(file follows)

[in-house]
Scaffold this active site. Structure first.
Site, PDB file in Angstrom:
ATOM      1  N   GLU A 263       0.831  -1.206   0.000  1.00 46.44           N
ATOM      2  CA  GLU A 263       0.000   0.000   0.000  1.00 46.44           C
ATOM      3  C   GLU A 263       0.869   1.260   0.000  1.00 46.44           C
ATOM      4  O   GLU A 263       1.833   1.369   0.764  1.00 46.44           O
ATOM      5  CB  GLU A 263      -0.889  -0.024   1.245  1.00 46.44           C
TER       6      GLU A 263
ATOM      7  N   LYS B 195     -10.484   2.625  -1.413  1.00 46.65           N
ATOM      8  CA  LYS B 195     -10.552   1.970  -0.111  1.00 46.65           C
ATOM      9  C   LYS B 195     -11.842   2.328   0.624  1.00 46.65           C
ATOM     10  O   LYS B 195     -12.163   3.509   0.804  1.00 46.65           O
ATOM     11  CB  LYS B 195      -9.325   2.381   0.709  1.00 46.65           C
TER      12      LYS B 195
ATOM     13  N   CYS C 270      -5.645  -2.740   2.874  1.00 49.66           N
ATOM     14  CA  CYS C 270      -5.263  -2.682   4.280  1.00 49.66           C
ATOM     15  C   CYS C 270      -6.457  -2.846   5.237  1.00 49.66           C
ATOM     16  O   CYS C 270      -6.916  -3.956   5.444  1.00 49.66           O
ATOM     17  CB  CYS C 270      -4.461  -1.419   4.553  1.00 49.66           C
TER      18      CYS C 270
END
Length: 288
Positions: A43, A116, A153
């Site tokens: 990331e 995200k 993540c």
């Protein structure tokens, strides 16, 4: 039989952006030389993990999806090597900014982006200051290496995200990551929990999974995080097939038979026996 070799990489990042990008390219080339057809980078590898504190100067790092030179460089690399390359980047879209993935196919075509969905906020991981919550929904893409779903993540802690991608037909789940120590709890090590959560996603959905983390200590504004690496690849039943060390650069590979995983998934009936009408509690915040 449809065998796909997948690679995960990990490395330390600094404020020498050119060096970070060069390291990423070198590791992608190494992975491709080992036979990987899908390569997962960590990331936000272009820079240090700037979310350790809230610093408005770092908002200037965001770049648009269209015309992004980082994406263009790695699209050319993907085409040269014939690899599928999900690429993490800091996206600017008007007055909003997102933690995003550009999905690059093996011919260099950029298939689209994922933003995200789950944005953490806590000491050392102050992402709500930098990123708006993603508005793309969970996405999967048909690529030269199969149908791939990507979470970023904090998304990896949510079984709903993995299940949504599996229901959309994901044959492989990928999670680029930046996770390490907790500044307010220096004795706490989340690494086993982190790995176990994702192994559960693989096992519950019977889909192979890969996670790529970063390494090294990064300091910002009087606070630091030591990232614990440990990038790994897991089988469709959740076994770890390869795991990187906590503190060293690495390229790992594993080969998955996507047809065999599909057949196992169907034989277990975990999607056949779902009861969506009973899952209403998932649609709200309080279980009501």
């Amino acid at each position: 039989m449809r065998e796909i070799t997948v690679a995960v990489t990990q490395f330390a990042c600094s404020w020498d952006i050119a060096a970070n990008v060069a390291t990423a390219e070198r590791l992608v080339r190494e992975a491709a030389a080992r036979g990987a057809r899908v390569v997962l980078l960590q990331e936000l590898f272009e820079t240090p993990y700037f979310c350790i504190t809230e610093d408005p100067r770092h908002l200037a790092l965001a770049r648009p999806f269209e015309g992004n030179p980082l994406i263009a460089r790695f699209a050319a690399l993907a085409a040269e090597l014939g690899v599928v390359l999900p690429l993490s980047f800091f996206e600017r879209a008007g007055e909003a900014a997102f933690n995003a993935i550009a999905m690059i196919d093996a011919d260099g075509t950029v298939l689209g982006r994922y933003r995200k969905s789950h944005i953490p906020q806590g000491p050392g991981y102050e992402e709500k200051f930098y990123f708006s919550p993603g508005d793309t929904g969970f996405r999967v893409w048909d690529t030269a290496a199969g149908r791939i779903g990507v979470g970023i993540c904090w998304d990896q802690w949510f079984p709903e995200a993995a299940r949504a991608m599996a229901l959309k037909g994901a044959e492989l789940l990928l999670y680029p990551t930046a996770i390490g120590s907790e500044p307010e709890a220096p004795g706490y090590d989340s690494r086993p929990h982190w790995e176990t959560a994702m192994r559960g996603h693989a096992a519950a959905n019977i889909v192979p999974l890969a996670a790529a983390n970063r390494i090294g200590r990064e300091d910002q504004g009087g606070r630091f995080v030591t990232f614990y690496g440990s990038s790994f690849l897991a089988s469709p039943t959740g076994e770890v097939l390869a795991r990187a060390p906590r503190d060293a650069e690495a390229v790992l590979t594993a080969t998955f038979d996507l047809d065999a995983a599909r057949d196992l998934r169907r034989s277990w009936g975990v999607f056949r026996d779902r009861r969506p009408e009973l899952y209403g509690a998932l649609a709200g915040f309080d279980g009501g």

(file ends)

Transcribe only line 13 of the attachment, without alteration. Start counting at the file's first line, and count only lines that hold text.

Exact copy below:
ATOM     10  O   LYS B 195     -12.163   3.509   0.804  1.00 46.65           O